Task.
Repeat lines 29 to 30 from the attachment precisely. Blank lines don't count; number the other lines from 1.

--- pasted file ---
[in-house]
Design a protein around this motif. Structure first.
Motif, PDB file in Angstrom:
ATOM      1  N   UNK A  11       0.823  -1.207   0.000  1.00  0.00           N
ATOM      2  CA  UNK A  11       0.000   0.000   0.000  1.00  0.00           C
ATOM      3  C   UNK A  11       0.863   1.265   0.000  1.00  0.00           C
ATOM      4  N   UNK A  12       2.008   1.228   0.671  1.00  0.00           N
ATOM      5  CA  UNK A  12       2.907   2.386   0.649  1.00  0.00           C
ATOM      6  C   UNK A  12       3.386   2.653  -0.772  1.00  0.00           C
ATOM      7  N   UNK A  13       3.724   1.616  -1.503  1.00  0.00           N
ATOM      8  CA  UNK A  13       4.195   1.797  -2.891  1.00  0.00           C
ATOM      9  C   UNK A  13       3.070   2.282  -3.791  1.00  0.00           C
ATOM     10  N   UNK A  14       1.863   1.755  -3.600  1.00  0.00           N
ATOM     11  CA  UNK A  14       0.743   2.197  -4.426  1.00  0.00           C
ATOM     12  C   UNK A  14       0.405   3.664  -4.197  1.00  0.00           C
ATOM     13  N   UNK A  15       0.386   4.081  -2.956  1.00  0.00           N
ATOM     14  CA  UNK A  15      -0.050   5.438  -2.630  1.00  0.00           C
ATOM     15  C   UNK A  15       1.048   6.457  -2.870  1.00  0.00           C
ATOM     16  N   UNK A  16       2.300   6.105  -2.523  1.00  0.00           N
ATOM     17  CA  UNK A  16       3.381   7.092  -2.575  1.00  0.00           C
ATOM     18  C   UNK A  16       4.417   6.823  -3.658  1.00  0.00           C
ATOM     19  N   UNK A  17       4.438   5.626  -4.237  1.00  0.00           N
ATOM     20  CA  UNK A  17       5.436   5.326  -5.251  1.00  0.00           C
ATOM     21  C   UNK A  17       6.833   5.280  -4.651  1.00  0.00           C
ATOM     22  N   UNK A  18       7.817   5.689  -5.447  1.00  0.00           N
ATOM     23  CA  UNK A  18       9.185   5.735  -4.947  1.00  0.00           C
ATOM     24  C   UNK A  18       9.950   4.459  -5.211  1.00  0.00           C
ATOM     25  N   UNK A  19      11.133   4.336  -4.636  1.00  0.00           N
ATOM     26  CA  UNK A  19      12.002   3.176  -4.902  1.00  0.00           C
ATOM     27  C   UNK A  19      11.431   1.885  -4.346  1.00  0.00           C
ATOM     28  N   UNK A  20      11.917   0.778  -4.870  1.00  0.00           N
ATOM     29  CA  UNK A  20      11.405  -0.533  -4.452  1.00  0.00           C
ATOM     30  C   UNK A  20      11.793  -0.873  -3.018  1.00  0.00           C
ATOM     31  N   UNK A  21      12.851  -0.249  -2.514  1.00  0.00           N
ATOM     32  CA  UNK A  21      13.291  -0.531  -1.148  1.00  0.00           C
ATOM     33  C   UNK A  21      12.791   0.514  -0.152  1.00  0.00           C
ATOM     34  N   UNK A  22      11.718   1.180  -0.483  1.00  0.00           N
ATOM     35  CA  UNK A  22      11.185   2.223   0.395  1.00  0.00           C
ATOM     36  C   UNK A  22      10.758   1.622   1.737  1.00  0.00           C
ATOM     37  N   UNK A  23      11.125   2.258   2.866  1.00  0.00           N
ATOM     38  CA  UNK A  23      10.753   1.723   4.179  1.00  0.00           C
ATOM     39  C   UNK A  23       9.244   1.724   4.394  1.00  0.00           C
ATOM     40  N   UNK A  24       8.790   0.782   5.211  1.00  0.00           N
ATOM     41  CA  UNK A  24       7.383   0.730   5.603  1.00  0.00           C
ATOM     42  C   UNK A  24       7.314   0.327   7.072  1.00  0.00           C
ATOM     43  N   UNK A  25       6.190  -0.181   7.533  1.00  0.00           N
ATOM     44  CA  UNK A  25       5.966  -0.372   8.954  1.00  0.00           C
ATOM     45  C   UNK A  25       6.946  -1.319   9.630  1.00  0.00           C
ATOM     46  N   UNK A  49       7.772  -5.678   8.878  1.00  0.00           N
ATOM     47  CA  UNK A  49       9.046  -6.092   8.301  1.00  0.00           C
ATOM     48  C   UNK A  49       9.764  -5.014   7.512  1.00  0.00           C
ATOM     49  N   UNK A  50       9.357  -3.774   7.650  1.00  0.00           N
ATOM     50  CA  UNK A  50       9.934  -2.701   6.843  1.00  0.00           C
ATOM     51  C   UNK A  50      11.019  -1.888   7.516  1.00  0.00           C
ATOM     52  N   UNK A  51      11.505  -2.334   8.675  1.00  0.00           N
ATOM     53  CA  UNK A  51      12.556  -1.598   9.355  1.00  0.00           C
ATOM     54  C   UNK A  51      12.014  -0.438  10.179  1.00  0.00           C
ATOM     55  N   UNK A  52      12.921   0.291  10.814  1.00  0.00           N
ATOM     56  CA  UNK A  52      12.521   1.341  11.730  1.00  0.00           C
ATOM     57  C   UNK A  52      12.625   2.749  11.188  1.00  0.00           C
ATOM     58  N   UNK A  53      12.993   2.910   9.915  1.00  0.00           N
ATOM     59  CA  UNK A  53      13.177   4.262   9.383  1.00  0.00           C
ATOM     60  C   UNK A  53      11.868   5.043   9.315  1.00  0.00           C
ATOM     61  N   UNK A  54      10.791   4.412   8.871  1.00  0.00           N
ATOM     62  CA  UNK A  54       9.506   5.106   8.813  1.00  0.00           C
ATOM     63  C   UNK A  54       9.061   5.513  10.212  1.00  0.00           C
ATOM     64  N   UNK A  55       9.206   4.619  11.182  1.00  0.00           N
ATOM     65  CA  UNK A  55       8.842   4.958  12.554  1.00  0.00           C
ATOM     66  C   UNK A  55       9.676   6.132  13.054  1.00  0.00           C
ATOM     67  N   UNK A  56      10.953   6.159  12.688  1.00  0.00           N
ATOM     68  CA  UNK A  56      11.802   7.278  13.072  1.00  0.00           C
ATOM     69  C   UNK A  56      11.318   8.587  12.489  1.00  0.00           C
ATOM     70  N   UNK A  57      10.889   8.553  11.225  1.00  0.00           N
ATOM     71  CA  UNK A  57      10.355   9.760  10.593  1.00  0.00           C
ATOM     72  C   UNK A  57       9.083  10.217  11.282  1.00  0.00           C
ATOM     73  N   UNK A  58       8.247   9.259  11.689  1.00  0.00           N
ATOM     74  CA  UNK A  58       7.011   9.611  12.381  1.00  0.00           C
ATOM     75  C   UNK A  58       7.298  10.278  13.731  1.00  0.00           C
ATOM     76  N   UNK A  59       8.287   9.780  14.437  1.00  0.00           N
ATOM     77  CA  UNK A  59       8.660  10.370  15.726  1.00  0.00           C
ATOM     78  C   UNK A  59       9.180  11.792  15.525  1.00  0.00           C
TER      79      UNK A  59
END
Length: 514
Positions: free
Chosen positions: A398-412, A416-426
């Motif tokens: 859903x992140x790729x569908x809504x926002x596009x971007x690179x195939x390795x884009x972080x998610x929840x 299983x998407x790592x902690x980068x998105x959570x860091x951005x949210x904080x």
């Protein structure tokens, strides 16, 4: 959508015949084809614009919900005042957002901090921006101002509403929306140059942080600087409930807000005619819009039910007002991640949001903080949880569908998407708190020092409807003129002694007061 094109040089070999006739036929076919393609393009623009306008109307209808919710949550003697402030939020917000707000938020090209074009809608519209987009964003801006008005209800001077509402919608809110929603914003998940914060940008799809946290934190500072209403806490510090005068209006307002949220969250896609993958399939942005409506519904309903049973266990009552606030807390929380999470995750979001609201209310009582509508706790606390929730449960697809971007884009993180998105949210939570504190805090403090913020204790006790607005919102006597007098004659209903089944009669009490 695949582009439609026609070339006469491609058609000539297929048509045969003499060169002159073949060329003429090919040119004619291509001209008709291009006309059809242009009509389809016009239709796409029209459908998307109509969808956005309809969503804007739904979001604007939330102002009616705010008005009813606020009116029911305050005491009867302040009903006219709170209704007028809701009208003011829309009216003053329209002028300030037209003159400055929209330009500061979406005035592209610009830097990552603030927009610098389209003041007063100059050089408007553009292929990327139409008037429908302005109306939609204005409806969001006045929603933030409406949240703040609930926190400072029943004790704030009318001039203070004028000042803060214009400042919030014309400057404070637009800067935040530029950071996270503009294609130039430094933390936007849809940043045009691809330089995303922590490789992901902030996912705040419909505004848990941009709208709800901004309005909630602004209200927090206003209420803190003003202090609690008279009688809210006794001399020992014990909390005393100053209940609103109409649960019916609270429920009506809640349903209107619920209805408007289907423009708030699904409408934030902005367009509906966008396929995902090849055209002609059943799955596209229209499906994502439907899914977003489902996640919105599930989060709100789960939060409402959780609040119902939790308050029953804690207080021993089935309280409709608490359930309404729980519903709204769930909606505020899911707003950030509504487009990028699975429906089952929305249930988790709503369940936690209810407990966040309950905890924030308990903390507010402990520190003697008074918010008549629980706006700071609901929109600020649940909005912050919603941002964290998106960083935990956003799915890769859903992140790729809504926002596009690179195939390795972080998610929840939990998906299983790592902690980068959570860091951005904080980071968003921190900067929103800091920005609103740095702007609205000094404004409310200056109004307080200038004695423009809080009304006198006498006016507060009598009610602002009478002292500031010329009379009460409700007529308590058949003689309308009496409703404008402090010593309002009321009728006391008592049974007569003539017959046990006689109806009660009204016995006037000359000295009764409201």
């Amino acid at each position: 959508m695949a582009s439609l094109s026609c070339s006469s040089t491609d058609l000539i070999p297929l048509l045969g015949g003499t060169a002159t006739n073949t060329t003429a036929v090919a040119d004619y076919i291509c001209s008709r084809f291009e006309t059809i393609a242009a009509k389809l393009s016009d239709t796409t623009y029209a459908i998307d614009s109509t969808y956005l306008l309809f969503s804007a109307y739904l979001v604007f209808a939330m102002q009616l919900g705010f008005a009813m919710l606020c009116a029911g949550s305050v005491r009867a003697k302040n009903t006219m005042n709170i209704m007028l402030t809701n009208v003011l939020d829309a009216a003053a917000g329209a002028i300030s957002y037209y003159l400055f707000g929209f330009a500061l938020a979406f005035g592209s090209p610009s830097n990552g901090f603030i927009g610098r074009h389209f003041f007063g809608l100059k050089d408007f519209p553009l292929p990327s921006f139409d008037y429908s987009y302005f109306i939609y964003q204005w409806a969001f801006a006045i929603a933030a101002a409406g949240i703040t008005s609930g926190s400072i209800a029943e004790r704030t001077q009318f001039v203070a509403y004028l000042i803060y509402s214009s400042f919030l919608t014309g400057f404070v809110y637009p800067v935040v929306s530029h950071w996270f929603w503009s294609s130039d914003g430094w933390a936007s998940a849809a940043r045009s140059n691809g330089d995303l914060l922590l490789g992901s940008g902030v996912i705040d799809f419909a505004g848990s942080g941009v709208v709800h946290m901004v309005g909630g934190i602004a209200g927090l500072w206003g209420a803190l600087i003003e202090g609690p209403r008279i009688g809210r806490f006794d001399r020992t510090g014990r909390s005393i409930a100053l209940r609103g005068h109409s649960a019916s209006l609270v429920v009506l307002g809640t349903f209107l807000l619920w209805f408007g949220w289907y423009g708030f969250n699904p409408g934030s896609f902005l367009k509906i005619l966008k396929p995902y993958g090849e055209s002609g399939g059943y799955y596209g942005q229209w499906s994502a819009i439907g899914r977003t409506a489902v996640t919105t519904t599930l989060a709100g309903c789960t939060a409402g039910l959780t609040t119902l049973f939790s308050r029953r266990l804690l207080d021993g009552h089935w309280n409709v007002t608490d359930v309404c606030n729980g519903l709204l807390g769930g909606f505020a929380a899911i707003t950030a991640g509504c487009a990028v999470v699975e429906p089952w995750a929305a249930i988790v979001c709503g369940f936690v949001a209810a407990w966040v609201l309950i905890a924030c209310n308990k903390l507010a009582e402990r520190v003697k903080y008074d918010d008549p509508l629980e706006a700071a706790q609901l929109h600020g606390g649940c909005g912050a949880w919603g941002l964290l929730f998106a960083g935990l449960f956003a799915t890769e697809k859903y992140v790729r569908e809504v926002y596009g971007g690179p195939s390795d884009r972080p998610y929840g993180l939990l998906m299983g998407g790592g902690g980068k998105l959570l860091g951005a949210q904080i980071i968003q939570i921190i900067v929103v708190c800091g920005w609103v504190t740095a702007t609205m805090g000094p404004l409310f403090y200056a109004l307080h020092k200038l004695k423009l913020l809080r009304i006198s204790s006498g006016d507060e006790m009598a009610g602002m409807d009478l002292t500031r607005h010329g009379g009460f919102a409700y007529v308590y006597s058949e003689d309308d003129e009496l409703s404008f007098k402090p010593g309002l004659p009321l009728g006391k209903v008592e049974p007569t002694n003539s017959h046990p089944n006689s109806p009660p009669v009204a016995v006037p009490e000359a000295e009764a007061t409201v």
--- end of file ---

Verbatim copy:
ATOM     26  CA  UNK A  19      12.002   3.176  -4.902  1.00  0.00           C
ATOM     27  C   UNK A  19      11.431   1.885  -4.346  1.00  0.00           C